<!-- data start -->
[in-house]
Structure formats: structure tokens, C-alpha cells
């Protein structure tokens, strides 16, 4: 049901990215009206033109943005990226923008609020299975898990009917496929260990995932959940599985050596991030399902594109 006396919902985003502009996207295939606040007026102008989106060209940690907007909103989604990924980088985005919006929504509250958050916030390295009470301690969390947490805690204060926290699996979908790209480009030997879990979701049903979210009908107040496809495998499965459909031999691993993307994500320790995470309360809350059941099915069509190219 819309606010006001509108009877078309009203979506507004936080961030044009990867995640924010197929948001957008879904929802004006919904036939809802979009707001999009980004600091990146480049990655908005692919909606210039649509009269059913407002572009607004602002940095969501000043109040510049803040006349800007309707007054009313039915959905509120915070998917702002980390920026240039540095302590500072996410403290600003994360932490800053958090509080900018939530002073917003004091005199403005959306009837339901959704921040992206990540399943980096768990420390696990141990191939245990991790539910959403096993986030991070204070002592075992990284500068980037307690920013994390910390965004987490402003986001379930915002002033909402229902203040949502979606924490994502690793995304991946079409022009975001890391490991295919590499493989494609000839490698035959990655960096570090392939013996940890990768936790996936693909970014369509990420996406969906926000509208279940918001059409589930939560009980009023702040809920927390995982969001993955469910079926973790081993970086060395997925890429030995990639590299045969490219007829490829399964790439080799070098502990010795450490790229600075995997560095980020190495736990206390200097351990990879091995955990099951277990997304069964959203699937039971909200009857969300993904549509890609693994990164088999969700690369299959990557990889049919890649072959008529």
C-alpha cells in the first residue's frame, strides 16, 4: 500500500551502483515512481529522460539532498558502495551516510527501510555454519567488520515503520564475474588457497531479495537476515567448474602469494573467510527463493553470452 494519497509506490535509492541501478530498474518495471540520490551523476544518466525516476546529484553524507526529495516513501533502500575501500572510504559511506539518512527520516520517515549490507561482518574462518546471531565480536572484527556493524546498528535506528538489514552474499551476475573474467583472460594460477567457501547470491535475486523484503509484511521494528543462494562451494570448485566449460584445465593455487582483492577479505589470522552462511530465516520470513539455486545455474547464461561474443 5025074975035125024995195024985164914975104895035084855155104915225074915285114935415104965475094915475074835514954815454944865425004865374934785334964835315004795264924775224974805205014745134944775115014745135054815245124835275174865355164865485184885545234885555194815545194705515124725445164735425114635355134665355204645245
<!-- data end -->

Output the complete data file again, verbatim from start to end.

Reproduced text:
[in-house]
Structure formats: structure tokens, C-alpha cells
């Protein structure tokens, strides 16, 4: 049901990215009206033109943005990226923008609020299975898990009917496929260990995932959940599985050596991030399902594109 006396919902985003502009996207295939606040007026102008989106060209940690907007909103989604990924980088985005919006929504509250958050916030390295009470301690969390947490805690204060926290699996979908790209480009030997879990979701049903979210009908107040496809495998499965459909031999691993993307994500320790995470309360809350059941099915069509190219 819309606010006001509108009877078309009203979506507004936080961030044009990867995640924010197929948001957008879904929802004006919904036939809802979009707001999009980004600091990146480049990655908005692919909606210039649509009269059913407002572009607004602002940095969501000043109040510049803040006349800007309707007054009313039915959905509120915070998917702002980390920026240039540095302590500072996410403290600003994360932490800053958090509080900018939530002073917003004091005199403005959306009837339901959704921040992206990540399943980096768990420390696990141990191939245990991790539910959403096993986030991070204070002592075992990284500068980037307690920013994390910390965004987490402003986001379930915002002033909402229902203040949502979606924490994502690793995304991946079409022009975001890391490991295919590499493989494609000839490698035959990655960096570090392939013996940890990768936790996936693909970014369509990420996406969906926000509208279940918001059409589930939560009980009023702040809920927390995982969001993955469910079926973790081993970086060395997925890429030995990639590299045969490219007829490829399964790439080799070098502990010795450490790229600075995997560095980020190495736990206390200097351990990879091995955990099951277990997304069964959203699937039971909200009857969300993904549509890609693994990164088999969700690369299959990557990889049919890649072959008529």
C-alpha cells in the first residue's frame, strides 16, 4: 500500500551502483515512481529522460539532498558502495551516510527501510555454519567488520515503520564475474588457497531479495537476515567448474602469494573467510527463493553470452 494519497509506490535509492541501478530498474518495471540520490551523476544518466525516476546529484553524507526529495516513501533502500575501500572510504559511506539518512527520516520517515549490507561482518574462518546471531565480536572484527556493524546498528535506528538489514552474499551476475573474467583472460594460477567457501547470491535475486523484503509484511521494528543462494562451494570448485566449460584445465593455487582483492577479505589470522552462511530465516520470513539455486545455474547464461561474443 5025074975035125024995195024985164914975104895035084855155104915225074915285114935415104965475094915475074835514954815454944865425004865374934785334964835315004795264924775224974805205014745134944775115014745135054815245124835275174865355164865485184885545234885555194815545194705515124725445164735425114635355134665355204645245